This lawsuit arose because Aramco believed that Scarfone had overcharged it by billing for time not spent, billing foreign workers at higher nationality rates, and billing for nonexistent employees. Aramco sued Scarfone for breach of contract, fraud, civil theft,3 and violations of the Florida and federal Racketeer Influenced and Corrupt Organizations ("RICO") acts.4 The district court found the evidence of this scheme "overwhelming," observing: "There was direct evidence by former [Scarfone] employees about fraudulent billing, a plethora of documents showing discrepancies between the employees' actual weekly time sheets and the monthly summations forwarded by [Scarfone] to Aramco as part of its invoices, as well as eyewitnesses to Scarfone's forging of documents." R12-339-3.
During discovery, Scarfone sought certain documents relating to the relationship between Aramco and the Kingdom.5 Scarfone had two bases for requesting these documents: (1) the Saudi Arabian government had taken over complete control of Aramco's operation and thus was the real party in interest; and (2) the documents were relevant to Aramco's claims that Scarfone's designs were substandard. R5-115-11. After Aramco amended its complaint to delete the allegations of substandard design, Scarfone argued that the documents were still necessary to establish that Aramco was not damaged. R6-128-7. The Magistrate concluded:
Because the Plaintiff has now dropped its substandard design claim the only potential relevance of materials reflecting the Plaintiff's relationship with the Saudi Arabian Government would be concerning the Defendants' claim that the Plaintiff is not the real party in interest in this case. This argument was rejected.
R8-175-1-2. Because the relationship between Aramco and the Kingdom had "no relevance to any issue in this law suit," the magistrate denied the motion to compel as to request numbers 6, 7, 60, and 61.6 Id. at 2.
Prior to trial, Scarfone had several lawyers, each of whom began representation after the preceding one withdrew. On the eve of the April, 1988, summary jury trial,7 Scarfone's latest attorney, Patrick Mirk, filed a motion to withdraw. The district judge refused to grant the motion, and Mr. Mirk served as counsel during that trial. Shortly after the summary jury trial, Mr. Mirk filed a renewed motion for leave to withdraw, and a motion to stay proceedings in the case was also filed. On June 2, the district judge denied the motion to withdraw and the motion to stay the proceedings, stating in part:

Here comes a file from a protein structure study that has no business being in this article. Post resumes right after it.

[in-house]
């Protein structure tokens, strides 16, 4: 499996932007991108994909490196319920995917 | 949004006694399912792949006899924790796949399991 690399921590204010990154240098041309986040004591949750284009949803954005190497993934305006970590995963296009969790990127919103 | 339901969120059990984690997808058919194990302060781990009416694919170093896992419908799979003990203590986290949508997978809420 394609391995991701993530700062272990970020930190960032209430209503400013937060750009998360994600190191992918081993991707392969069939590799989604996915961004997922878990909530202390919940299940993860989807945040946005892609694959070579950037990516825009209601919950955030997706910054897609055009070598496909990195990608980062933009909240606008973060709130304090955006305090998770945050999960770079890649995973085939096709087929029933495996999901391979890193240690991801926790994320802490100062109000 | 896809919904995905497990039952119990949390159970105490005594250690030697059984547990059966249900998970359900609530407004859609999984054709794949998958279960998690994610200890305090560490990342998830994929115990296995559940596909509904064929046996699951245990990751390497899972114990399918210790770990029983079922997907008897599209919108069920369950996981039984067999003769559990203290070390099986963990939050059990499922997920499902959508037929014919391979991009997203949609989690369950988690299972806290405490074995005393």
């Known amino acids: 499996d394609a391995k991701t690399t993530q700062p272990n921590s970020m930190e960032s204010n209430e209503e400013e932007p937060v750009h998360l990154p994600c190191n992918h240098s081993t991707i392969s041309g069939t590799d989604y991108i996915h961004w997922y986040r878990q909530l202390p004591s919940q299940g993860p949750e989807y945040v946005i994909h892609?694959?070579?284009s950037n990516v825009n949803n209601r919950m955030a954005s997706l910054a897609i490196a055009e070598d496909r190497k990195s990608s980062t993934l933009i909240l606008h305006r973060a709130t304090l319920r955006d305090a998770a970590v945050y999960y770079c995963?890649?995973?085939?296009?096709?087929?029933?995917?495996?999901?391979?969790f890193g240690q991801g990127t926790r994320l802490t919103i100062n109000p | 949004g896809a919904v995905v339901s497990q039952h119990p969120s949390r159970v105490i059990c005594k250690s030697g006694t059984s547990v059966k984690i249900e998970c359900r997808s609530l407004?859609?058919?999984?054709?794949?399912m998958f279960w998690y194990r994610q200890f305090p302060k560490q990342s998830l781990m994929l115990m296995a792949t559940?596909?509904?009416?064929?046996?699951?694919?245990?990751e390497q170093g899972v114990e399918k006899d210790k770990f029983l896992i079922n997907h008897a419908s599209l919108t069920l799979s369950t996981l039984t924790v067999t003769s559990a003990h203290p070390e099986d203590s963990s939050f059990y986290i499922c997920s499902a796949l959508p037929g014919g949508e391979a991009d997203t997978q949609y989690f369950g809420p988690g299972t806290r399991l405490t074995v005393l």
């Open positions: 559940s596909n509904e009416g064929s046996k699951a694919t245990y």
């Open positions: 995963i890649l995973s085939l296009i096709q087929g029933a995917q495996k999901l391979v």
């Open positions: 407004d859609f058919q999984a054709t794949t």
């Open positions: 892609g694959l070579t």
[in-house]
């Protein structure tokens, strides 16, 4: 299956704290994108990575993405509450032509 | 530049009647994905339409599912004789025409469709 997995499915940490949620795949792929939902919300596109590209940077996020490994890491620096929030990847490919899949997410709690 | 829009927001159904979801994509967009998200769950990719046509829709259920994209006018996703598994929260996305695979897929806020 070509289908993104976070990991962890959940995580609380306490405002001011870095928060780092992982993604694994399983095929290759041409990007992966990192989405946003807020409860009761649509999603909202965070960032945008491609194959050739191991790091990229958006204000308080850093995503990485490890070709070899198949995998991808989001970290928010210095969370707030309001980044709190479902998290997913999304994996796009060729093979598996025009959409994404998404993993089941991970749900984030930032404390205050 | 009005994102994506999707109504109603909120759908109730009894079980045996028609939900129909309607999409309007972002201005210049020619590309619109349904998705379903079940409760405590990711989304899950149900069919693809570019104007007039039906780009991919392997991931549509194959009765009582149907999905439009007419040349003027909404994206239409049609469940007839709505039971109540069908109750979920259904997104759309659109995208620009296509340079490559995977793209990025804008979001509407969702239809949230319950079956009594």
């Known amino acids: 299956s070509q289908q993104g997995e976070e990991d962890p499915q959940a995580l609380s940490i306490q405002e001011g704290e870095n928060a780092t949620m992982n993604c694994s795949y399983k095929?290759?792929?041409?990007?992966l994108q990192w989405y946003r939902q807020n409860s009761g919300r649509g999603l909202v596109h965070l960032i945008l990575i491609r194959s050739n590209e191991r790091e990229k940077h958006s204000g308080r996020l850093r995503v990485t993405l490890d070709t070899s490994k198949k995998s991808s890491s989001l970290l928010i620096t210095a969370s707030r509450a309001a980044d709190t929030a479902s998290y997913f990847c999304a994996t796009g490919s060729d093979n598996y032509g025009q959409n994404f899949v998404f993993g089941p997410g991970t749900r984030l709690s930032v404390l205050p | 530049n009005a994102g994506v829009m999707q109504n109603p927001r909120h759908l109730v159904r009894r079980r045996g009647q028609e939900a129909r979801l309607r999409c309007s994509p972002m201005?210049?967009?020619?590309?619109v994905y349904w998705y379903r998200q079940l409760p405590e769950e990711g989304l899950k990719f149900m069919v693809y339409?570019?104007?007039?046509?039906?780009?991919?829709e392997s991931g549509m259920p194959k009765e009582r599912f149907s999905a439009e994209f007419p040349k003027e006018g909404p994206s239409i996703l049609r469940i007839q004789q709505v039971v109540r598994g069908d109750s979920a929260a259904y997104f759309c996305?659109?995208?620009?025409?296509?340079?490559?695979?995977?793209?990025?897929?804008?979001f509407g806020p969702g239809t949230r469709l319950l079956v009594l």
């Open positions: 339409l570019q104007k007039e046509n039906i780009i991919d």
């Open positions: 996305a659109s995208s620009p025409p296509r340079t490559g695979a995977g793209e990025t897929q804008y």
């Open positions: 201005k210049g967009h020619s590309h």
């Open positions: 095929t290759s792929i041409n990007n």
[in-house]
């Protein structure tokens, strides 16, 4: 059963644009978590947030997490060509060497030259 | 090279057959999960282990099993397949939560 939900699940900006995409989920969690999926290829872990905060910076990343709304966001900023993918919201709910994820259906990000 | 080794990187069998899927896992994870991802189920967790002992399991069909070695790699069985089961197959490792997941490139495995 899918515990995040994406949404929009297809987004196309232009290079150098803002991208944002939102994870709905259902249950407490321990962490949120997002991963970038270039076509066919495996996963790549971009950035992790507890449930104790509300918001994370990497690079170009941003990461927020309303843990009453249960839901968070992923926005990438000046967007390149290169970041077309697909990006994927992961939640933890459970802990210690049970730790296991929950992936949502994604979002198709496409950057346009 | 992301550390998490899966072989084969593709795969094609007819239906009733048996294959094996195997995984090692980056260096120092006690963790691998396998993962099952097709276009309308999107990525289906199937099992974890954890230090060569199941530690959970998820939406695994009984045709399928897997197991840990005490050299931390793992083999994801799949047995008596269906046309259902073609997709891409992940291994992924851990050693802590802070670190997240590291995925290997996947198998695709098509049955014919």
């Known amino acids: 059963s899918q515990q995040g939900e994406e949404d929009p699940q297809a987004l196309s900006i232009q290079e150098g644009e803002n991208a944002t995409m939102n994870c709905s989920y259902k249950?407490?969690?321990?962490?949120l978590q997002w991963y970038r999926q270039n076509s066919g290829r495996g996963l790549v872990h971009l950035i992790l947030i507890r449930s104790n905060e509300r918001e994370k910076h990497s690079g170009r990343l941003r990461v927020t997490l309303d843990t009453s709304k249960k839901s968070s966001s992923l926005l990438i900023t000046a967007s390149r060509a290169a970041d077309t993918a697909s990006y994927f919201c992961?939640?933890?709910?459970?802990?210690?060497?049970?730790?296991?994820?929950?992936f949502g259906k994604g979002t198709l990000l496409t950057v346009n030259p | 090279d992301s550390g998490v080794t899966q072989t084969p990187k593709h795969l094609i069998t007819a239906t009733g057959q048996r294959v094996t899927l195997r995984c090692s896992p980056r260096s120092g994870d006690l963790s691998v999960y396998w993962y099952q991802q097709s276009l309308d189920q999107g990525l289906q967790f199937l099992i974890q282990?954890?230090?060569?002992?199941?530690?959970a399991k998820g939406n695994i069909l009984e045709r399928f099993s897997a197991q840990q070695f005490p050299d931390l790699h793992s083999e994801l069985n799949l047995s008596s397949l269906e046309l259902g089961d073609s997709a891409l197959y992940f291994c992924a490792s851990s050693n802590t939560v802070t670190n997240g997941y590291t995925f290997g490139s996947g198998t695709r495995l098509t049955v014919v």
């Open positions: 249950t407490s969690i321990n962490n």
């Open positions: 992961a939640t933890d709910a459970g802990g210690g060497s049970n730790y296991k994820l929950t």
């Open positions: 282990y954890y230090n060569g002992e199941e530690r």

Defendant Scarfone has had four different counsel of record, Mr. Mirk being the last attorney to file a notice of appearance. On previous occasions motions to withdraw as counsel have been filed on the eve of taking depositions, in an apparent attempt to delay proceedings in this cause.
. . . . .
The Court finds it would be an unconscionable delay in the progress of this case to grant the motion for stay of proceedings.
Arabian Am. Oil Co. v. Scarfone, 685 F. Supp. 1220, 1221 (M.D. Fla .1988).
In late June, 1988, Mr. Mirk again filed a motion for leave to withdraw. Although indicating at a hearing that he was inclined to deny the motion, the trial judge (who entered the case at this point to sit by designation) entered a written order two days prior to trial granting Mr. Mirk's motion to withdraw. The trial judge also denied Scarfone's motion for a continuance. According to the judge:
Scarfone has not paid [Mirk] accrued fees as agreed upon by him; he has refused to cooperate with or assist said counsel in responding to discovery requests by other parties; Scarfone has refused to advance funds for the taking of necessary discovery; and, finally, Scarfone has stated, and the Court finds, that he does not want Mirk to represent him further....